Skip to content

A good story about people helping us

April 10, 2013

For the past two weeks, we’ve been on the receiving end of lots of kindness from our little community of co-workers here. Two weeks ago, I (Lori) was heading out to run errands and then go to a cafe for what is hopefully becoming a once-a-month tradition of Lori’s Afternoon Out To Read Without Munchkins Around. We have a big gate that we open every time we drive in or out of our yard. As I opened the gate, it hit my leg, and a wire at the bottom of the gate poked into my leg. (Linguistics note: Do you like how I made “the gate” and “the wire” the actors in that sentence? I could have phrased it, “I pulled the gate too close to my leg and stabbed myself with a wire,” but that would point out my clumsiness and not the wire’s fault.) After I removed the wire, I thought, “Man, I’m going to have to get a band-aid on this before I go to town.” Little D had been watching me leave, so he and John saw me start walking back to the house. My leg started to hurt more, John helped me up the steps and went to get ice, I fainted for a bit and woke back up, John started cleaning the wound, blah blah blah.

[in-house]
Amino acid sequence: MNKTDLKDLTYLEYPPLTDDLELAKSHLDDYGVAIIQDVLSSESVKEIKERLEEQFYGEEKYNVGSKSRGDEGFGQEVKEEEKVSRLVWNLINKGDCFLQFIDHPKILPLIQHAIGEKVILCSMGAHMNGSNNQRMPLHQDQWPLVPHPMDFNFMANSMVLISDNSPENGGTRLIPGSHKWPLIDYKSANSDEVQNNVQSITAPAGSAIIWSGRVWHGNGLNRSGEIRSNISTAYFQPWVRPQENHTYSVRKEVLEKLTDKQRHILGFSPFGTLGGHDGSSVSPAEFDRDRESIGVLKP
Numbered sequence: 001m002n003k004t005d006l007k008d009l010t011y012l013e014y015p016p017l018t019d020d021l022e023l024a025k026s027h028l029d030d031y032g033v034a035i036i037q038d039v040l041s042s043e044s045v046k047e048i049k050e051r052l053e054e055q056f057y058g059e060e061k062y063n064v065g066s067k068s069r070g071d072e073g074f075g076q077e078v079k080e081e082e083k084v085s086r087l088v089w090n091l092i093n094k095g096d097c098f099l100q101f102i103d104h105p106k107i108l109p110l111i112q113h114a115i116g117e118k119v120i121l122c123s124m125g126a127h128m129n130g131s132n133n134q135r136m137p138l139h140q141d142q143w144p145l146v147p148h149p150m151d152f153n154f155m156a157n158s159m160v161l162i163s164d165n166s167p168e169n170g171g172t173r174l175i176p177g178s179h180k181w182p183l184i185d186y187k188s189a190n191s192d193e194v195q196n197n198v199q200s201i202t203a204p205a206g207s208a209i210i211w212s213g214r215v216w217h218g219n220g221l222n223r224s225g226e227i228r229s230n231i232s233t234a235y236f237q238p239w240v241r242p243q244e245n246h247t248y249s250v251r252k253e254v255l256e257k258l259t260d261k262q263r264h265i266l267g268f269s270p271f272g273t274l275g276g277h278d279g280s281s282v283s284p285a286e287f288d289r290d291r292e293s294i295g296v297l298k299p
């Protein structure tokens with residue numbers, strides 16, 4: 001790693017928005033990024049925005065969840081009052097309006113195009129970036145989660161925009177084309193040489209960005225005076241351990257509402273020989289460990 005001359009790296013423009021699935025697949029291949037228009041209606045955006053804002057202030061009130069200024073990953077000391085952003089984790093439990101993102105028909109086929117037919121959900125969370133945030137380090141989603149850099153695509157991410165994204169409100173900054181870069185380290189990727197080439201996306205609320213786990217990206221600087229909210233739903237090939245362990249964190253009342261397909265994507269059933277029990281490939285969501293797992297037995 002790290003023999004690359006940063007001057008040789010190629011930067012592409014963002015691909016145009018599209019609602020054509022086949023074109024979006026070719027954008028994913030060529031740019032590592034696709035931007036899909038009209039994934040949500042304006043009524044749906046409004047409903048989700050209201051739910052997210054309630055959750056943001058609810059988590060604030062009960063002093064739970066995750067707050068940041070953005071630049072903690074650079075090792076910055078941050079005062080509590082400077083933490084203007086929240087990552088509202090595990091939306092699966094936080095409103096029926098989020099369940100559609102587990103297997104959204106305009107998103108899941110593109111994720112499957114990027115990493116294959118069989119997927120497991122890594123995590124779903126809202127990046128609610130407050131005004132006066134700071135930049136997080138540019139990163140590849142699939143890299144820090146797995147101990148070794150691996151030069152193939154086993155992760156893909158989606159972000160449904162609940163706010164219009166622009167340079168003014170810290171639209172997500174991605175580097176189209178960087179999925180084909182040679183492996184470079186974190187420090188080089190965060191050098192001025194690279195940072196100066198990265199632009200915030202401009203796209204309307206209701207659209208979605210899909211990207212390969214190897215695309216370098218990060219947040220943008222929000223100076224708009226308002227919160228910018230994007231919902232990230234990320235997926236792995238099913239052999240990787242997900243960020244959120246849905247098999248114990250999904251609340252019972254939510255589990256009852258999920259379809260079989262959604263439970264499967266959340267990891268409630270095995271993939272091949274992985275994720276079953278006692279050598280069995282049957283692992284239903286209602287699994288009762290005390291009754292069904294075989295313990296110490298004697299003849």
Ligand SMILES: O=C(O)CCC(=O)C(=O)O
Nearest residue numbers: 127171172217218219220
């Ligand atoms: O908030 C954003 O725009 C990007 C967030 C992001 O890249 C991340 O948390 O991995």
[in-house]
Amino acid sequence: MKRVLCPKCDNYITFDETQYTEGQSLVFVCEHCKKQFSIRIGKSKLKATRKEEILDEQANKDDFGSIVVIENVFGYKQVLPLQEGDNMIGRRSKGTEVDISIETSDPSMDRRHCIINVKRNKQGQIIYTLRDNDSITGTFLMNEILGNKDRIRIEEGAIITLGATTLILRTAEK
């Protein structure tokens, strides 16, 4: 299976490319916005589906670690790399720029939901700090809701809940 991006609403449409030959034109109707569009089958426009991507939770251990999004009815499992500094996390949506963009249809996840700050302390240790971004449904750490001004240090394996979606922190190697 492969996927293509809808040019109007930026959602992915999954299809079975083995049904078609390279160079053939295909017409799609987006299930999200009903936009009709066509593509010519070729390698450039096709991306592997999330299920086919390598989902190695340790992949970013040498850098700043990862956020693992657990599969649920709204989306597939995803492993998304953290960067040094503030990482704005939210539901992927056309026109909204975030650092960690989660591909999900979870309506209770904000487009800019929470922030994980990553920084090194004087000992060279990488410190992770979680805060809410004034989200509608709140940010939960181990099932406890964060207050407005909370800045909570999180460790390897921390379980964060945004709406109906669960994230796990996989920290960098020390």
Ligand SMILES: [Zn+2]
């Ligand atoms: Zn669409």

Here’s where the story takes a turn for the sweet. A few co-workers, Bill and Robyn, were driving home and noticed that the gate was open. They came to ask us if they should close it. Bill happens to know a lot about first aid, so he helped care for the wound. Robyn helped distract Little D and got me pillows to lay on. They then called our director to come look at it. He thought the clinics wouldn’t do anything else for it, and since I’d had a recent tetanus shot, they decided I should just go inside and rest. I couldn’t walk, so three of them carried me. The director called his wife to have her look up what antibiotics I should take. He then drove into town to get the medicine and do one of my errands for me.

Bill and Robyn brought us supper that evening. The next day, yet another co-worker brought us lunch. Then our co-workers Andrew and Megan brought supper over and helped with dishes afterward. Andrew also did some shopping that I was supposed to do for someone else. Several of them helped me join their beach outing on Easter Monday, which is a public holiday here. They helped us carry all of the boys’ beach gear and helped me hop to and from the car as needed.

Baby M had fun at the beach with Robyn

Baby M had fun at the beach with Robyn

Ironically, even though my coffee date with myself was cancelled, I’ve had a lot of time to sit and read since then. I couldn’t put any weight on it for about five days. Then I used a roller chair from the office to wheel around the house for a few days after that. Now, two weeks later, I can walk almost normally for short distances.

Everywhere John and I have lived, we’ve found communities of people ready to help each other. This was true at our Iowa university, our Illinois neighborhood, our Texas campus, and now our Solomon Islands home. Our community here is like thousands of other communities, where people band together to help people who need it.